The RSM MSc in Organisational Change & Consulting programme is one academic year’s duration. Core courses are compulsory and will be offered during the autumn semester (22 ECTS). Master electives (18 ECTS) are offered during the spring semester, of which one elective can be chosen from another MSc programme. During the year, students work on a master thesis project (20 ECTS).

Please note that certain electives may be very popular. Although we can place most students in the elective(s) of their choice, there are no guaranteed places.

    • Deepen your understanding of actual change situations by using post-modern and social constructionist change theories, methods, and concepts.

      In this course, you will:

      1. develop the cognitive and social knowledge that you need in your role of change agent, either as a manager or a consultant;
      2. gain new perspectives and knowledge about a range of methodical concepts and methods;
      3. experience change first-hand while working with the offered new insights and instruments. 

      Review the course guide for more details.

    • You can be the one who is chosen to bring about organisational change within your organisation.

      This course provides you with the answers to two broad questions:

      1. How do you internally structure, govern and manage such knowledge-intensive organisations?
      2. How do you help such organisations manage to stay on top of – and actively intervene in – the fast-moving environments in which they operate?

      By exploring case studies, you will gain understanding and knowledge about the organisational side of professional service firms. This will result in mastering the skills you need in order to diagnose and manage these firms.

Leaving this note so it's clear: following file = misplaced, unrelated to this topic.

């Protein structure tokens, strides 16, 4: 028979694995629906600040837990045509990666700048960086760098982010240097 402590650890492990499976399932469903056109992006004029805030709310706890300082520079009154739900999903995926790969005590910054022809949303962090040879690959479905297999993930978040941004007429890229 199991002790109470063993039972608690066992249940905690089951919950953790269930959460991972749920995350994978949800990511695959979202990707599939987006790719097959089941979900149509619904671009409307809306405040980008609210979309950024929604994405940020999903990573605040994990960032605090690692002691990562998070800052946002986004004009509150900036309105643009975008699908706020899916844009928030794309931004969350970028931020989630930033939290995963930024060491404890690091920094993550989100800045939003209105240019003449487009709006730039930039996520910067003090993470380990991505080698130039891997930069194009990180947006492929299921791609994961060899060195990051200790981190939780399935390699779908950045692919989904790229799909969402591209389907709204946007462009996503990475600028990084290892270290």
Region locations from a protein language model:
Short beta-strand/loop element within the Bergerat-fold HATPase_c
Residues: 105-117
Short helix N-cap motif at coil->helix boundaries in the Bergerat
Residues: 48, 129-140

Review the course guide for more details.

    • Gain the knowledge and methodological skills you need to scientifically study change in organisational settings.

      Your learning begins with the introduction of leading modern, symbolic and post-modern theories of change. These theories will be used as sources of working hypotheses.

      Leading change consultants will provide you with in-class case presentations. Each consultant embraces one of each three change theories in their work, giving you an all-round perspective.

      Review the course guide for more details.

    • You are likely to act as or deal with management consultants at some point in your professional life.

      Management consultants are important agents of organisational change. As a management consultant, you apply and transfer knowledge about business problems to assist managers in dealing with those issues.

      In this course, you will: